Why Are Companies Generating Hazardous Waste?
Hazardous emissions from industry are seen by some as the price of progress. Since the industrial revolution industry has discharged pollutants into the environment under the assumption that nature could assimilate them safely. When the scale of production increased, industry built bigger chimneys and longer pipes into rivers and seas to discharge pollutants even farther in the hope that dilution of these emissions would move them ‘away.’ More dumps were dug, empty mine shafts were used for deep well injection of hazardous waste, and more ships dumped and burned industrial waste at sea.
In the 1970s engineering firms touted the benefits of end of pipe pollution controls and incinerators to governments and the rush to burn escalated. This supposed high tech answer to garbage, hospital waste, and industrial waste was adopted by governments in the industrialized world and promoted in the industrializing world by international financial institutions. But it will not solve the problem. Air emissions still result from incinerators and dioxins and other persistent chemicals can actually be formed during the burn process. Incinerators still generate hazardous ash, which then is sent to landfills. During the last decades the export of hazardous waste to developing countries has escalated.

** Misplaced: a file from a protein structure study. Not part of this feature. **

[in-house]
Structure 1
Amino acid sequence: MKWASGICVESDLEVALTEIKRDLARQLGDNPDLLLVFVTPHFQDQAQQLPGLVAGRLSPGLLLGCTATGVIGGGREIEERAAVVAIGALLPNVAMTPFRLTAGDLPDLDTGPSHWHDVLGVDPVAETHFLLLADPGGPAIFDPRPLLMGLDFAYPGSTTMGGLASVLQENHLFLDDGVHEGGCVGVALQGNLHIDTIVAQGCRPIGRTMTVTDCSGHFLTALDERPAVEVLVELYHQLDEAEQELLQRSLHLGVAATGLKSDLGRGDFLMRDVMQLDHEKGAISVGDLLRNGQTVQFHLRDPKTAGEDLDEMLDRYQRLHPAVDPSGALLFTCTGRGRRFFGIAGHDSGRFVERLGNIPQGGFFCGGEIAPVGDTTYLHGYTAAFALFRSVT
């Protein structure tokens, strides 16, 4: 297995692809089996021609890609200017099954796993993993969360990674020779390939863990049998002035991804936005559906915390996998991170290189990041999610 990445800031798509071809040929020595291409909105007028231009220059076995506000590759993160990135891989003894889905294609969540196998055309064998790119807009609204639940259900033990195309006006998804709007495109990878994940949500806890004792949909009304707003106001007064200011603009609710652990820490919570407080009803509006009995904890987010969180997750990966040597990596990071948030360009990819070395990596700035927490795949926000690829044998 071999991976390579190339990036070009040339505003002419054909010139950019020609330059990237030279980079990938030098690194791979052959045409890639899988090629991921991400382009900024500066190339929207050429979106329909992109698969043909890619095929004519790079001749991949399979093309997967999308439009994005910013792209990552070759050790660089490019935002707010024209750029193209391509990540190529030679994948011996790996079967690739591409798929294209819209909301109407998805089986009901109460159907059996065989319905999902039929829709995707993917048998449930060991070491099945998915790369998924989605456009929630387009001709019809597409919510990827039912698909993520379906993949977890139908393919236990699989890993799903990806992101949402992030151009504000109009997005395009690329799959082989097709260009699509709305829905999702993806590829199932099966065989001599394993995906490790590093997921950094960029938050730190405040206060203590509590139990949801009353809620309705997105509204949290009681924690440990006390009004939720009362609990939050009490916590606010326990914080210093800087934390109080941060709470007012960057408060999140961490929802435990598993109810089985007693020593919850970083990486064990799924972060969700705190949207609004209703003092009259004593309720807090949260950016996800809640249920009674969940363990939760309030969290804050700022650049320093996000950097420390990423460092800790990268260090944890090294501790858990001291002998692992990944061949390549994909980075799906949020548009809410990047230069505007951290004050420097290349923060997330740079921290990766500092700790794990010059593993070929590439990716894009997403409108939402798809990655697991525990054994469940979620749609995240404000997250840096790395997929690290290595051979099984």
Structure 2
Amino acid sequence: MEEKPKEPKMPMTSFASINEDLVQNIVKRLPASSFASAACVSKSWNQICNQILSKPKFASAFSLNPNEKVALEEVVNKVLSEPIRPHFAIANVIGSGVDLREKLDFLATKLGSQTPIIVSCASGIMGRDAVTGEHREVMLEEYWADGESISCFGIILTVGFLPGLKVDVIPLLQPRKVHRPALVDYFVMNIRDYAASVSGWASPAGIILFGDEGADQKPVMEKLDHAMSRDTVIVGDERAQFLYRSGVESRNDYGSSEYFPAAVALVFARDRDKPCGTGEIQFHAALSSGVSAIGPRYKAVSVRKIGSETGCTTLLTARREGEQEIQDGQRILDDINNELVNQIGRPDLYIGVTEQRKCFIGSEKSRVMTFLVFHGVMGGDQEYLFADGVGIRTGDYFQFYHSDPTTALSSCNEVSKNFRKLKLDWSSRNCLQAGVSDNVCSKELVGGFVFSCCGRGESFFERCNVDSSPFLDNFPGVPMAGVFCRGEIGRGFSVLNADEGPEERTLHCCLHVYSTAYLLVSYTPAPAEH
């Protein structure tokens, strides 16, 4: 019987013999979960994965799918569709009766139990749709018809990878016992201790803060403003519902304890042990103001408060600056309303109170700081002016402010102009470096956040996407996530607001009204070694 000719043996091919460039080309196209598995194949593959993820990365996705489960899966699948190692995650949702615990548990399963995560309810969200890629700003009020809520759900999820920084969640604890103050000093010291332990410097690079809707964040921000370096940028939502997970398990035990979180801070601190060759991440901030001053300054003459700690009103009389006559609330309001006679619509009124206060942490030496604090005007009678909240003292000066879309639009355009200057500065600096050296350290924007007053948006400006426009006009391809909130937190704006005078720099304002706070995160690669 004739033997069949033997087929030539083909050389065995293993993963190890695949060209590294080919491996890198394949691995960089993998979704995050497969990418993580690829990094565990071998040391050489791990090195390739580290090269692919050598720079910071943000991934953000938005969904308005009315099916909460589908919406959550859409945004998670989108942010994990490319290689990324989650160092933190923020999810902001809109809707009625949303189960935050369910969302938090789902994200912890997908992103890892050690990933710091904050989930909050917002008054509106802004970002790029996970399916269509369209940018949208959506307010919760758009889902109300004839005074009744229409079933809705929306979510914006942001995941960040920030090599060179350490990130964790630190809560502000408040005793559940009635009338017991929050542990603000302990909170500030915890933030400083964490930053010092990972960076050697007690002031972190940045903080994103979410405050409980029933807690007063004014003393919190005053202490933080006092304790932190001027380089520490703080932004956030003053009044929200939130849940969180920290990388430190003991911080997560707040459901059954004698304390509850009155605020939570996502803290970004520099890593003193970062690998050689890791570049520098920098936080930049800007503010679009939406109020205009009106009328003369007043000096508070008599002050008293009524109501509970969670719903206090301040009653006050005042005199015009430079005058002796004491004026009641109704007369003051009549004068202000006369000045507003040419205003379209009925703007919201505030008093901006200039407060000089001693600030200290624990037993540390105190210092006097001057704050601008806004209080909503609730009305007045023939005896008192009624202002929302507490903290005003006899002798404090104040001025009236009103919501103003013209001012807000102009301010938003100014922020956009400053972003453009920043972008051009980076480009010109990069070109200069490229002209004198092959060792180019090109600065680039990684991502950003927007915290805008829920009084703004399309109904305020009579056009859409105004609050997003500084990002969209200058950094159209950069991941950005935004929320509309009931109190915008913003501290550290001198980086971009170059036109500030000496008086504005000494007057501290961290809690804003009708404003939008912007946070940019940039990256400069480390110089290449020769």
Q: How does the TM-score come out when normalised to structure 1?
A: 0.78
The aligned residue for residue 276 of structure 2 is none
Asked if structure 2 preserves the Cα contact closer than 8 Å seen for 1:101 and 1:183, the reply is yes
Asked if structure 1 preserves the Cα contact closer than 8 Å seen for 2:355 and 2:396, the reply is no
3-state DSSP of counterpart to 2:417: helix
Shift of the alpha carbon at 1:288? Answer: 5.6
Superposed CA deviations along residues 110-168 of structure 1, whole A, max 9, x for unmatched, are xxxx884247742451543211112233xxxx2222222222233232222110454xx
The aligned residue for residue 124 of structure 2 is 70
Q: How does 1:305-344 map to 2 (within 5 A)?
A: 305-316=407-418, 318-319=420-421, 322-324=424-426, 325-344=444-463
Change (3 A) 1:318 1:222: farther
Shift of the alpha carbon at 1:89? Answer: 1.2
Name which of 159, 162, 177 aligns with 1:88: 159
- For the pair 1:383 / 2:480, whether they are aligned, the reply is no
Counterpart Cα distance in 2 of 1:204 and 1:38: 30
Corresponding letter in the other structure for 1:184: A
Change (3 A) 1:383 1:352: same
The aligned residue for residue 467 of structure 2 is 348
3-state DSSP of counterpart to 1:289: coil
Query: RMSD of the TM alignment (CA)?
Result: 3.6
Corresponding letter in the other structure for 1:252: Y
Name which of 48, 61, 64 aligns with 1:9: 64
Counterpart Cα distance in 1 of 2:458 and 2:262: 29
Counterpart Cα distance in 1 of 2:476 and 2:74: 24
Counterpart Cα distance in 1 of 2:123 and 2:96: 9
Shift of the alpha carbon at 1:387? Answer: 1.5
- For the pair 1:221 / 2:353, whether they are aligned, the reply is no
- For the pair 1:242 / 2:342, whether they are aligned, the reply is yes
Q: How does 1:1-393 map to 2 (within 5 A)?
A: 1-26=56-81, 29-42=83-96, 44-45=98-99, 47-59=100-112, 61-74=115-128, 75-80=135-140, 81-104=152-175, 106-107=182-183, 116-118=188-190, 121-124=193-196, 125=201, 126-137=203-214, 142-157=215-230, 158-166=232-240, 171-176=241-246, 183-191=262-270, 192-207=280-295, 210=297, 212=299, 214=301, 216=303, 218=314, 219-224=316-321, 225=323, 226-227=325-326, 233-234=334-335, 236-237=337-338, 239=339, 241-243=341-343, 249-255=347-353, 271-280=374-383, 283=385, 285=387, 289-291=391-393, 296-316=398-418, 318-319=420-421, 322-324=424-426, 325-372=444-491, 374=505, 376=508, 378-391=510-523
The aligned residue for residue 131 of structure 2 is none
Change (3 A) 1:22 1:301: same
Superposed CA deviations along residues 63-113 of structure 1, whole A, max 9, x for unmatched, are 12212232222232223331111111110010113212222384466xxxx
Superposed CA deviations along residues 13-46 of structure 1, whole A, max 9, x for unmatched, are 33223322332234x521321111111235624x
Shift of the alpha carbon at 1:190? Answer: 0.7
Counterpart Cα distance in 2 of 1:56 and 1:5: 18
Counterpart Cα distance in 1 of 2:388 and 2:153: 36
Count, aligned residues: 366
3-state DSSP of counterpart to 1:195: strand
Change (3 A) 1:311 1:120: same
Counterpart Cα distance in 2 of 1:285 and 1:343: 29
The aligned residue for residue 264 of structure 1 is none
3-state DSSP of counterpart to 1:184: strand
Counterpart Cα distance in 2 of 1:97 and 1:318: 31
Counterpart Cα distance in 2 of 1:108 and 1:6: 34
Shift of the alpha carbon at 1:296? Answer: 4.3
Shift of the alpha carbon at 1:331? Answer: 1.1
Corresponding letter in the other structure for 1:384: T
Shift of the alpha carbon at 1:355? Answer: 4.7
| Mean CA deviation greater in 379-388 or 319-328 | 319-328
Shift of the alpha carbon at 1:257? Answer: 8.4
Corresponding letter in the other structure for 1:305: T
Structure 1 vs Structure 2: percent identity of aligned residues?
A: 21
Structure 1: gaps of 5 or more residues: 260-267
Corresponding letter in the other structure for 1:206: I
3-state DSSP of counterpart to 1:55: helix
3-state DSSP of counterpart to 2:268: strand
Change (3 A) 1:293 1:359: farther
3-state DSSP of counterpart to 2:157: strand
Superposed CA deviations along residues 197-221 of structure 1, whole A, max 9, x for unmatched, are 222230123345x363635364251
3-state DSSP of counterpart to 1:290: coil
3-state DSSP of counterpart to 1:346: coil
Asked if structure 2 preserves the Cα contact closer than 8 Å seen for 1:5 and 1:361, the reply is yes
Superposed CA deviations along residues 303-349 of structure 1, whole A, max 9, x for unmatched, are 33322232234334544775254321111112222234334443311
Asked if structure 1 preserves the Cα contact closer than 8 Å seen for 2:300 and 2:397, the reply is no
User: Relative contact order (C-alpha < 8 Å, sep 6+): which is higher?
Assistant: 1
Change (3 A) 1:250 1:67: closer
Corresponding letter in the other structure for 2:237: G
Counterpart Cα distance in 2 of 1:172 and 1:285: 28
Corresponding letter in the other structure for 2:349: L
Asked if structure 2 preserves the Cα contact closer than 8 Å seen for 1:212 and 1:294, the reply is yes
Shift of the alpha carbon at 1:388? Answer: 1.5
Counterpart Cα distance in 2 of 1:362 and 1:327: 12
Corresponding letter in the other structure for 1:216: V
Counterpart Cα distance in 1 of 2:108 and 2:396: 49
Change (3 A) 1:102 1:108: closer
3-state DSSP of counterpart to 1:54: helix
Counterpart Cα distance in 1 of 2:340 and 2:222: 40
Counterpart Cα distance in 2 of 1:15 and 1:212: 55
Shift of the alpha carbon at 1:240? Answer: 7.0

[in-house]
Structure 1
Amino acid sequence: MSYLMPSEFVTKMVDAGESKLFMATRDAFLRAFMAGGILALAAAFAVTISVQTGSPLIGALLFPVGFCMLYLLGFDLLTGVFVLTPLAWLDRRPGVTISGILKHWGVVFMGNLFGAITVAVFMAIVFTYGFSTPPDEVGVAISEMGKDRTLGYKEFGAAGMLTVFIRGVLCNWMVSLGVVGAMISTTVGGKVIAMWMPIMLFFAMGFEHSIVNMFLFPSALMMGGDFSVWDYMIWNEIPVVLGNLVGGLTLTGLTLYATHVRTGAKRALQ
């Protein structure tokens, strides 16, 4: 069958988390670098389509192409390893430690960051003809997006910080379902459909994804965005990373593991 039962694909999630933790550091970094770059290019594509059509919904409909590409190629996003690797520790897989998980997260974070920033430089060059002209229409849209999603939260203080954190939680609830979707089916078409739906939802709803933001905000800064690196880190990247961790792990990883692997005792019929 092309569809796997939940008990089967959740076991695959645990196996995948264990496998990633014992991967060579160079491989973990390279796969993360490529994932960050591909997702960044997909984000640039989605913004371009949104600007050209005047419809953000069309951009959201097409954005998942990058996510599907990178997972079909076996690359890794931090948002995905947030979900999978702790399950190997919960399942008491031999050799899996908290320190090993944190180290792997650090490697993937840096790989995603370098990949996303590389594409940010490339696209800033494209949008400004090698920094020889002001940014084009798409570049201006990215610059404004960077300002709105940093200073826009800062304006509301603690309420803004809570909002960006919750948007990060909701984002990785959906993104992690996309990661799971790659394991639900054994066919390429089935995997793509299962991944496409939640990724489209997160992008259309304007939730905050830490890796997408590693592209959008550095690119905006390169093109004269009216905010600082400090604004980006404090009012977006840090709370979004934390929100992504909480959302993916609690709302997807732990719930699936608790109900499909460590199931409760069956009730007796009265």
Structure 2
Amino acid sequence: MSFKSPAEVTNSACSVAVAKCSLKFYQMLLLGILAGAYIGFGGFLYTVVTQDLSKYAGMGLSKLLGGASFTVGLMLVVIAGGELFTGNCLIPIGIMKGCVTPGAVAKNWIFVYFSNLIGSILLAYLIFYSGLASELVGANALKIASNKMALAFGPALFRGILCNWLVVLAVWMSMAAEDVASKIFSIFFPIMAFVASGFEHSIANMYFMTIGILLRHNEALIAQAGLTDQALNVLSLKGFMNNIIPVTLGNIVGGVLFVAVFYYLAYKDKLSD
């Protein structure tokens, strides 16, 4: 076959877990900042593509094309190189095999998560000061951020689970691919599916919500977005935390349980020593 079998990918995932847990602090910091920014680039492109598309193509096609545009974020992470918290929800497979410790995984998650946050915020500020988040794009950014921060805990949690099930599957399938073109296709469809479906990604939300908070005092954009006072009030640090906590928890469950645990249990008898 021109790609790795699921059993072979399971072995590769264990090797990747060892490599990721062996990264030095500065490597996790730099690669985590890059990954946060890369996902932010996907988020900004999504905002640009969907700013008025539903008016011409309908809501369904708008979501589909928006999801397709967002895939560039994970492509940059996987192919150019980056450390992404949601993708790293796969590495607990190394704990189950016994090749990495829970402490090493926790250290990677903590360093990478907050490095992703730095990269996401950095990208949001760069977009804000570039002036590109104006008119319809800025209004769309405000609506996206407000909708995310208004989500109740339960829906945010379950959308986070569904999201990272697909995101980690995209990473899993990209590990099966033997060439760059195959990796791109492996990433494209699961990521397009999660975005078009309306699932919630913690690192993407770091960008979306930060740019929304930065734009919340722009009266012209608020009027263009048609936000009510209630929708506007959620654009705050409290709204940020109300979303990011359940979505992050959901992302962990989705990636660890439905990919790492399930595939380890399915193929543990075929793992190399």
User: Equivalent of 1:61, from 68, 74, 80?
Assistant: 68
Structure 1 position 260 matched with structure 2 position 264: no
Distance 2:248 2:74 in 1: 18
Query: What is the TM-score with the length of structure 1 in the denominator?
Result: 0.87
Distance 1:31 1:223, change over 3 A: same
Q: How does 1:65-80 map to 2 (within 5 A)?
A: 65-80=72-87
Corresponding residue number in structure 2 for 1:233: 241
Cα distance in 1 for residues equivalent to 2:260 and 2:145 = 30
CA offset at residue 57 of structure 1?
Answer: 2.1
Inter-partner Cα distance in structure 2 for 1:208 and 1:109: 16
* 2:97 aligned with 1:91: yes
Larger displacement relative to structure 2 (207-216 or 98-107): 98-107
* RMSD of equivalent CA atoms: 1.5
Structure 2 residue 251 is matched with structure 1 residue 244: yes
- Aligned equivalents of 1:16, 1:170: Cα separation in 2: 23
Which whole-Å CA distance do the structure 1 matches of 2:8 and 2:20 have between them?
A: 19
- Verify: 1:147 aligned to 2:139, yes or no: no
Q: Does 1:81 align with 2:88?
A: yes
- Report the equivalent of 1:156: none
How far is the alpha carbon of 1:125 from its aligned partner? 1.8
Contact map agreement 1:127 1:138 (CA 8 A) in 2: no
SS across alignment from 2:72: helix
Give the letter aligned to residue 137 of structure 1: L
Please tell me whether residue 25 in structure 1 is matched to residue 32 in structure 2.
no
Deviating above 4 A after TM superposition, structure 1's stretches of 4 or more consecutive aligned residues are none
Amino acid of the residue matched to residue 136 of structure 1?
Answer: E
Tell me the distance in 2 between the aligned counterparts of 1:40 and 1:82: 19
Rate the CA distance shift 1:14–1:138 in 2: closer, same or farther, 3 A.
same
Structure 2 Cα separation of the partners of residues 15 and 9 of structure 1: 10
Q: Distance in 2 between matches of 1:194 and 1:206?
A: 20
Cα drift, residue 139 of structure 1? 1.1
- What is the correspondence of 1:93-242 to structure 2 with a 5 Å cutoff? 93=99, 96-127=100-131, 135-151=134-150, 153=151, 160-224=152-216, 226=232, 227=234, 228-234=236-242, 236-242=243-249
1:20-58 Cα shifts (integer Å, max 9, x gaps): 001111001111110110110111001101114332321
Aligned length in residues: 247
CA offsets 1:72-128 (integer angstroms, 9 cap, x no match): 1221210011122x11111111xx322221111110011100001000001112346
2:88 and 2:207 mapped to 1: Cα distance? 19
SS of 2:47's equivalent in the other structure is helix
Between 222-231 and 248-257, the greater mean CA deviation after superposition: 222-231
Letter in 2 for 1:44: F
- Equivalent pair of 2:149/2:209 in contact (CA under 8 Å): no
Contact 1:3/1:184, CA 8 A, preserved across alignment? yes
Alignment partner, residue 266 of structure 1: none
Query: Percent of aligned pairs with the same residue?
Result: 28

Trying to deal with hazardous waste once it has been generated is asking the wrong question. The right questions are:
Why is industry generating hazardous waste in the first place?
What alternatives are there?
How Companies Can Eliminate their Use of Toxic Chemicals. Download fact sheet (.pdf)